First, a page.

Rebuilding a country’s lost Faith

Rebuilding a country’s lost Faith Archbishop Rino Fisichella walks in procession after the 3pm novena at Knock Shrine last week, beside Archbishop of Tuam Michael Neary. Photo: Chai Brady
Knock Novena
The ‘post-modern’ or ‘post-religion’ era doesn’t exist, Chai Brady hears


Modern youth movements and shrines are becoming increasingly important in the ‘new evangelisation’ of the Western world as parish churches attract fewer and fewer people, according to a high-ranking Vatican prelate on a visit to Ireland.

Archbishop Salvatore ‘Rino’ Fisichella, President of the Pontifical Council for the Promotion of the New Evangelisation, flew to Ireland to visit Knock Shrine last Wednesday for their annual novena and 140th anniversary of the Apparition. He was the keynote speaker and celebrated both novenas at 3pm and 8pm.

Speaking to The Irish Catholic, he says: “It is true that in many countries our parishes, churches are with few people, it is true. But if you go to the shrines, they are full, full, full of people, that means something. It means that probably the way of the new evangelisation cannot be limited only to the parish.

“The parish remains a concrete site of the presence of the Church where there is the daily life of people. But that cannot be exclusive, in order to understand the new evangelisation, we should have eyes open to check a concrete, positive response to the new evangelisation.”


It is true that many young people would prefer to go to a concert of a famous person or band than attend Mass or any religious service, but they can’t all be tarred with the same brush, he says referring to the International Youth Festival in Medjugorje from July 28 to August 9 this year.

“It is not true to say that these are the youth of today, because the youth of today are also the 70,000 youth participating with the catechesis and going to Mass in Medjugorje for instance,” he says.

Archbishop Fisichella points to the US where there is “a huge movement of the new evangelisation among youth in universities, in the campus, they do evangelisation specifically on campus and it’s amazing”.

Both the US and “especially” Canada, he says, are in a cultural situation under a “very strong secularism”. Despite this there is a very vibrant youth community that dedicate themselves to evangelisation.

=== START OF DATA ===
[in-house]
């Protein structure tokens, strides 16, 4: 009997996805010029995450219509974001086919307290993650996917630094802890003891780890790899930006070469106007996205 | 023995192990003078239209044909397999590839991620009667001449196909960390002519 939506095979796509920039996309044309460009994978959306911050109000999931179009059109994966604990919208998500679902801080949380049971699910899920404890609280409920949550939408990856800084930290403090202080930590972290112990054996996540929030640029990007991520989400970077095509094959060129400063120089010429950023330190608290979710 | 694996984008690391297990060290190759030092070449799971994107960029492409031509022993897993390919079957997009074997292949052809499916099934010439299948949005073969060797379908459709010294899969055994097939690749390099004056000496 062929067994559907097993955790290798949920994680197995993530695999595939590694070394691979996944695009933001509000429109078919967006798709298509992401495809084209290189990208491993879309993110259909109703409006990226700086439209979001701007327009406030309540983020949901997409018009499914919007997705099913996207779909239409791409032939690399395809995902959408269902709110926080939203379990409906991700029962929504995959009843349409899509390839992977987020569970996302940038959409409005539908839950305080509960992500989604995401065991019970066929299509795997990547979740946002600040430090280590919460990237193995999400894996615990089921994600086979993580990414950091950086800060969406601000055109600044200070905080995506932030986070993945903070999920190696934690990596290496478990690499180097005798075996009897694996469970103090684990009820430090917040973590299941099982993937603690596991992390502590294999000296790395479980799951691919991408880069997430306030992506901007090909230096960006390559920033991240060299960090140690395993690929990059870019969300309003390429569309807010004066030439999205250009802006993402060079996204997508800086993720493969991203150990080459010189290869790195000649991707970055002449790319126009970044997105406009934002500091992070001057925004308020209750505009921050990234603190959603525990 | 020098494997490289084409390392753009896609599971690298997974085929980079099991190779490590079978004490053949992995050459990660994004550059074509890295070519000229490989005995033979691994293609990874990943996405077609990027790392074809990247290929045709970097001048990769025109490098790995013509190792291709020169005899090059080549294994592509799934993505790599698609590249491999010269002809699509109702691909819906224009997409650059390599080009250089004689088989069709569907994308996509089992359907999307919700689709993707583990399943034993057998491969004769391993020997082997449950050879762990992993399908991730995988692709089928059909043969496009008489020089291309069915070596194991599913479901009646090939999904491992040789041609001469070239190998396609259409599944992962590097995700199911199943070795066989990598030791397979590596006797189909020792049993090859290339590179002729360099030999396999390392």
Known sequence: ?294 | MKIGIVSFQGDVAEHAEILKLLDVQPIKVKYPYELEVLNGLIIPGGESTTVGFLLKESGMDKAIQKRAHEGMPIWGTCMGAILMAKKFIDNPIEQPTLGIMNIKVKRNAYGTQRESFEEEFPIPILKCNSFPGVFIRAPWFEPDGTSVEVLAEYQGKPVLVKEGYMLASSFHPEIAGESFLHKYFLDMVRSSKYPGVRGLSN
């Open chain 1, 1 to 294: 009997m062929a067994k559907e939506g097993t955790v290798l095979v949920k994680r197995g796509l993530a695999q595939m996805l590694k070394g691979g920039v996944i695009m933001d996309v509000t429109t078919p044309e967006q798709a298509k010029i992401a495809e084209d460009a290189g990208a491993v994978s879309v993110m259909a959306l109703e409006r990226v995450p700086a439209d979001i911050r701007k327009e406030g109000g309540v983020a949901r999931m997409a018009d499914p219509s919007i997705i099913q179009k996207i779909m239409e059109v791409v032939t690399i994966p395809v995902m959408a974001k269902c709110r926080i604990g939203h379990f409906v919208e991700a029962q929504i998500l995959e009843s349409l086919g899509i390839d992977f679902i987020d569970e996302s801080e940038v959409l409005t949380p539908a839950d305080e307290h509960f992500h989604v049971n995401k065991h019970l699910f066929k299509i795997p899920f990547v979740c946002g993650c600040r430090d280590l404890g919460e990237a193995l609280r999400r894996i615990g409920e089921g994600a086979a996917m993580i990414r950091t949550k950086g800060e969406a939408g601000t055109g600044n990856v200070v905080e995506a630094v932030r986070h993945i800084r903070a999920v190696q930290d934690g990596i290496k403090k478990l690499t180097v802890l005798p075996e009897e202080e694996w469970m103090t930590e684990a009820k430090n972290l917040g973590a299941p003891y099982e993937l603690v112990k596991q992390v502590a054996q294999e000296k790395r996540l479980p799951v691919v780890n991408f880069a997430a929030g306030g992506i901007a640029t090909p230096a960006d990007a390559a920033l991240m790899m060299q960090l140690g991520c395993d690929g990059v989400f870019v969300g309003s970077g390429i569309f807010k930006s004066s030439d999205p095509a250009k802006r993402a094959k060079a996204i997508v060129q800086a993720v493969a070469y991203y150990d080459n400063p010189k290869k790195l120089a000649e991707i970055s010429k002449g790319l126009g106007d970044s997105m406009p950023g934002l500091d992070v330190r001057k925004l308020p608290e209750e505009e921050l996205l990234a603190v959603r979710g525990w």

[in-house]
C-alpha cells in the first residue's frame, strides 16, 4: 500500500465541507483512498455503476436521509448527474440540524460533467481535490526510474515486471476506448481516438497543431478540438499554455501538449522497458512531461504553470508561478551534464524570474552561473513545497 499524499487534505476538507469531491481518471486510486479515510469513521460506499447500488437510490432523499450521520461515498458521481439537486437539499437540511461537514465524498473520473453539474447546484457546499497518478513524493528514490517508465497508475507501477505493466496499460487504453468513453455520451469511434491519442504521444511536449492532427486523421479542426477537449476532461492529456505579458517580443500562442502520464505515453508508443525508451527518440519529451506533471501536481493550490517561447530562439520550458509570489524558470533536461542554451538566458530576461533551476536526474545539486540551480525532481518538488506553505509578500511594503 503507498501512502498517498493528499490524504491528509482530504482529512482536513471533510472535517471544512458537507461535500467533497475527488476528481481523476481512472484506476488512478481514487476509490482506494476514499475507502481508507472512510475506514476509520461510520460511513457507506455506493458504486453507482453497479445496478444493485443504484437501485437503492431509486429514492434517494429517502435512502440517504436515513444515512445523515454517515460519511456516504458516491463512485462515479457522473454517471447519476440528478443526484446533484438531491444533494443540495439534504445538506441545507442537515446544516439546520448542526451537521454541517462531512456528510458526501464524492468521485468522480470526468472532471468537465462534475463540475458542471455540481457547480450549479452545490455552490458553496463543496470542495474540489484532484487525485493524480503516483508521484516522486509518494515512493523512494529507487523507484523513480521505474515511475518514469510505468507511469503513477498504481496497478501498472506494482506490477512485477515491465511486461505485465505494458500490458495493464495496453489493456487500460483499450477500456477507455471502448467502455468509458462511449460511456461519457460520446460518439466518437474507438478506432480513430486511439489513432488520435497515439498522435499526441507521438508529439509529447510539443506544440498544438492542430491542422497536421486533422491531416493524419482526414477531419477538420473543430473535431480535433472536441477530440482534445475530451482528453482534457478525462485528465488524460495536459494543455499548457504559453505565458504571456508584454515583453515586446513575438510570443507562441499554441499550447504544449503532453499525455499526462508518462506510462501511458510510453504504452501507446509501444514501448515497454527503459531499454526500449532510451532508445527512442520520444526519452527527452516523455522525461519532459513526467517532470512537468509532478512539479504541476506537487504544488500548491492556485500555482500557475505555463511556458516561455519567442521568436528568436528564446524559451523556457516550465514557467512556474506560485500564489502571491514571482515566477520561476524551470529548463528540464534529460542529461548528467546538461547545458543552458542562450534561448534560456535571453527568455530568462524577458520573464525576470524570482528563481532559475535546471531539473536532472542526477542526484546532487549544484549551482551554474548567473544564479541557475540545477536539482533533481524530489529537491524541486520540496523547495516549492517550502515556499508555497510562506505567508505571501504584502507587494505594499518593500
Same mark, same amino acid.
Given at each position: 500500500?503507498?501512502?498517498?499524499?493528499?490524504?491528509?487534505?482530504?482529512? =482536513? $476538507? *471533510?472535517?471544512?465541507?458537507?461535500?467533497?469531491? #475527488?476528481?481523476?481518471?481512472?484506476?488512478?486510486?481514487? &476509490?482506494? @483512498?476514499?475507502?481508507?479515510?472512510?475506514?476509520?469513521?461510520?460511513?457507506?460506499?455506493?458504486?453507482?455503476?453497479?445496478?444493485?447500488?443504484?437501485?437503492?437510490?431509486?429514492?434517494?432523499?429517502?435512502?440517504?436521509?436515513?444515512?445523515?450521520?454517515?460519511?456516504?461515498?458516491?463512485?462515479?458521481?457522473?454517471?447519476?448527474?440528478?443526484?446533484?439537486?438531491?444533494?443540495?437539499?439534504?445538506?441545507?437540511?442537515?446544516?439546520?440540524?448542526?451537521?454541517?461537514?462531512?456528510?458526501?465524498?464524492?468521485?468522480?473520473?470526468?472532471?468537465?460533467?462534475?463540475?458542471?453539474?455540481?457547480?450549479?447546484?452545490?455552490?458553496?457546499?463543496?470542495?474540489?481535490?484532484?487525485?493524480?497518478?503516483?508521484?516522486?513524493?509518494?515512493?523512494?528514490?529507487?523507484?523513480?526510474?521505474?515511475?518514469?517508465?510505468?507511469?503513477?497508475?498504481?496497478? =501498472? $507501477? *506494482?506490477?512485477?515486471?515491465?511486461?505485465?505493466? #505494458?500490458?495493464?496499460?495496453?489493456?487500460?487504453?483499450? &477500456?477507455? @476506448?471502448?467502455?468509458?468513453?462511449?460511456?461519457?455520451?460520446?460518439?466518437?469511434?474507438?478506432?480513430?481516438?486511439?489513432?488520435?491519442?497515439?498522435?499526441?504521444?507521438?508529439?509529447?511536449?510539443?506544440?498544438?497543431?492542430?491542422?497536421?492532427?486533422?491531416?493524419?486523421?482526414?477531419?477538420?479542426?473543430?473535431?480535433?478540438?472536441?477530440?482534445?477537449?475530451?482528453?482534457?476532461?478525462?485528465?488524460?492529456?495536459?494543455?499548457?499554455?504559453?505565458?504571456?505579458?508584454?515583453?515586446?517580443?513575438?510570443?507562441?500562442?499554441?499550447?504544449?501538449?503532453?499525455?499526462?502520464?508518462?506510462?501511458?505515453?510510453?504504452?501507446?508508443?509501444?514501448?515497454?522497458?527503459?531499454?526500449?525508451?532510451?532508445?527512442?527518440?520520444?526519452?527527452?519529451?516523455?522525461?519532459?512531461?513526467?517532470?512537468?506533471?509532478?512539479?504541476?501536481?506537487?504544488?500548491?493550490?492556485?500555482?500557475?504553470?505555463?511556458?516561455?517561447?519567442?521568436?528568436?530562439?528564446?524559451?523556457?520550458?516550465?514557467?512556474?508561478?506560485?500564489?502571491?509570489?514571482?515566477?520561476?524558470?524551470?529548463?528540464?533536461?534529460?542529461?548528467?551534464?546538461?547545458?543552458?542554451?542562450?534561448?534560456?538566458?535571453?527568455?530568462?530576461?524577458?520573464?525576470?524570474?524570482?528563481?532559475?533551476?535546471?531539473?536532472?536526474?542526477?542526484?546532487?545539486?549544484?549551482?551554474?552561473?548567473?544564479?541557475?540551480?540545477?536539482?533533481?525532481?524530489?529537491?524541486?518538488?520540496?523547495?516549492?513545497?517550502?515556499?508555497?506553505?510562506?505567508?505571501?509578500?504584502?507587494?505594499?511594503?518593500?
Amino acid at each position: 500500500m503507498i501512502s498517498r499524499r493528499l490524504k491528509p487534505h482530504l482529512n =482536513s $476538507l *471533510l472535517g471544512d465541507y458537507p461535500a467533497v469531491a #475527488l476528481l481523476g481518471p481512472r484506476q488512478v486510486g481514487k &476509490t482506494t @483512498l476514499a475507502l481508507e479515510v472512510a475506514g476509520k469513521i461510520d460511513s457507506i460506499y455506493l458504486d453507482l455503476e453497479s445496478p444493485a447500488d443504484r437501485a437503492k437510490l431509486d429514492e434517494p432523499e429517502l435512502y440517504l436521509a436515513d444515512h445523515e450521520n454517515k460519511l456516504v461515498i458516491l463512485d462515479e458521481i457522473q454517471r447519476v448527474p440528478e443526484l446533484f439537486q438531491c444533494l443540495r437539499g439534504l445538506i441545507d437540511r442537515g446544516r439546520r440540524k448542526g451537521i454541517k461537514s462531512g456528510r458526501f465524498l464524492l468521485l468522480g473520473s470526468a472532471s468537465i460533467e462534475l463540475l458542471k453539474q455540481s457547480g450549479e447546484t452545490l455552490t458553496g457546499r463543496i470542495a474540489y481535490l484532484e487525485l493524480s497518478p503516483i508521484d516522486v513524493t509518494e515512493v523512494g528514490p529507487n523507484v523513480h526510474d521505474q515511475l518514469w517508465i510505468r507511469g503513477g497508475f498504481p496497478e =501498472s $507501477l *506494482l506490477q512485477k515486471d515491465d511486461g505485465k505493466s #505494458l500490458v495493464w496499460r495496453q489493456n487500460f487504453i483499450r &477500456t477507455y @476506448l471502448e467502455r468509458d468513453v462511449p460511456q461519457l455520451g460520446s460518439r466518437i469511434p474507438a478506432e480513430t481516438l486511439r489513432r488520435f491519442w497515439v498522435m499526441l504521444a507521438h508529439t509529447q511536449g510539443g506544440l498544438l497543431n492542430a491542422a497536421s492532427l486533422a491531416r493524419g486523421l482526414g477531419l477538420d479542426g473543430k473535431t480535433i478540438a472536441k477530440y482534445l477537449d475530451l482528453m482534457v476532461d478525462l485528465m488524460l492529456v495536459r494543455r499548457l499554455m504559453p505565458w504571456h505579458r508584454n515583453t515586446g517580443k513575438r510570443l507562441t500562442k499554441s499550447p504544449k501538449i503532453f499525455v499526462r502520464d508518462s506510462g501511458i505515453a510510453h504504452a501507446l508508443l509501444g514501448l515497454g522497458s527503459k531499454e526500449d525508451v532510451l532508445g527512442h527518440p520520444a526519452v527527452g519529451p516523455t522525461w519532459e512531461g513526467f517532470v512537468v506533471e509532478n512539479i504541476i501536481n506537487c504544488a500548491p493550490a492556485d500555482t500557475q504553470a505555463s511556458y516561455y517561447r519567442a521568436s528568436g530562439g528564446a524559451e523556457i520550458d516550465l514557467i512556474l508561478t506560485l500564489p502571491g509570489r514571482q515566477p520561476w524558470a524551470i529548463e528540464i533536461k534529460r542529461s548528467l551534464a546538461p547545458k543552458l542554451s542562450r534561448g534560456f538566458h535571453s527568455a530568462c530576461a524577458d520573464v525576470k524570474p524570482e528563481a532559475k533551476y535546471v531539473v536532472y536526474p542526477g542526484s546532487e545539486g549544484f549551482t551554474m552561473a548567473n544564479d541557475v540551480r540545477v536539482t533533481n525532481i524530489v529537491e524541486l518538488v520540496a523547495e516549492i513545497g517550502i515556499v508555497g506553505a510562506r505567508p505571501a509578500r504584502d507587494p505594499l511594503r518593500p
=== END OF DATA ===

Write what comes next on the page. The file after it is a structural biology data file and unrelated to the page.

“Last year I was in Canada,” says the archbishop, “speaking with 150 people responsible for these communities, and you could not believe how joyful for us… that there are experiences of evangelisation that are working and young people; they are committing their life.”

Archbishop Fisichella has been responsible for his dicastery since its foundation in 2010, and almost 10 years on he says that “the new evangelisation works, but it’s not enough”.

The term new evangelisation is lost on the majority of people, even among those of faith. The best explanation is said to come from St John Paul II’s encyclical Redemptoris Missio, which came out in 1990, on the 13th year of his pontificate. He is believed to have first used the term in 1983 in an address to the Latin American bishops.

He describes three different forms of evangelisation, the first of which is mission ad gentes, meaning ‘to the nations’. This includes places where Christ is not known or Christian communities are not “mature” enough to proclaim the faith to other groups.

The second are Christian communities with solid ecclesial structures and are fervent in their faith and have a sense of commitment to the universal mission. “In these communities the Church carries out her activity and pastoral care,” St John Paul II writes.

Archbishop Fisichella’s concern as head of his dicastery is St John Paul II’s third explanation, in which he calls for a “new evangelisation”, which pertains to much of the Western world. He says it is an intermediate situation “particularly in countries with ancient Christian roots… where entire groups of the baptised have lost a living sense of the Faith, or even no longer consider themselves members of the Church, and live a life far removed from Christ and his Gospel”.


Pope Francis reiterated this call in his apostolic exhortation Evangelii Gaudium in 2013, following a synod of bishops on the matter in October the year before. He says evangelisation is first and foremost about “preaching the Gospel to those who do not know Jesus Christ or who have always rejected him”.

He makes it clear that even historically devout Christian countries have become mission territory when he says: “Many of them are quietly seeking God, led by a yearning to see his face, even in countries of ancient Christian tradition. All of them have a right to receive the Gospel. Christians have the duty to proclaim the Gospel without excluding anyone.”

Archbishop Fisichella says this will be discussed at an international meeting in late November at the Vatican, focused on the reception of the exhortation, saying: “Evangelii Gaudium is the teaching of Pope Francis about how to do evangelisation today, the new step of evangelisation today, so in order to understand if it works we have this meeting.”


The archbishop said he would not react to statements that Ireland is a ‘post-religion’ society as someone responsible for new evangelisation, but “as an expert that for more than 20 years taught on this specific topic”.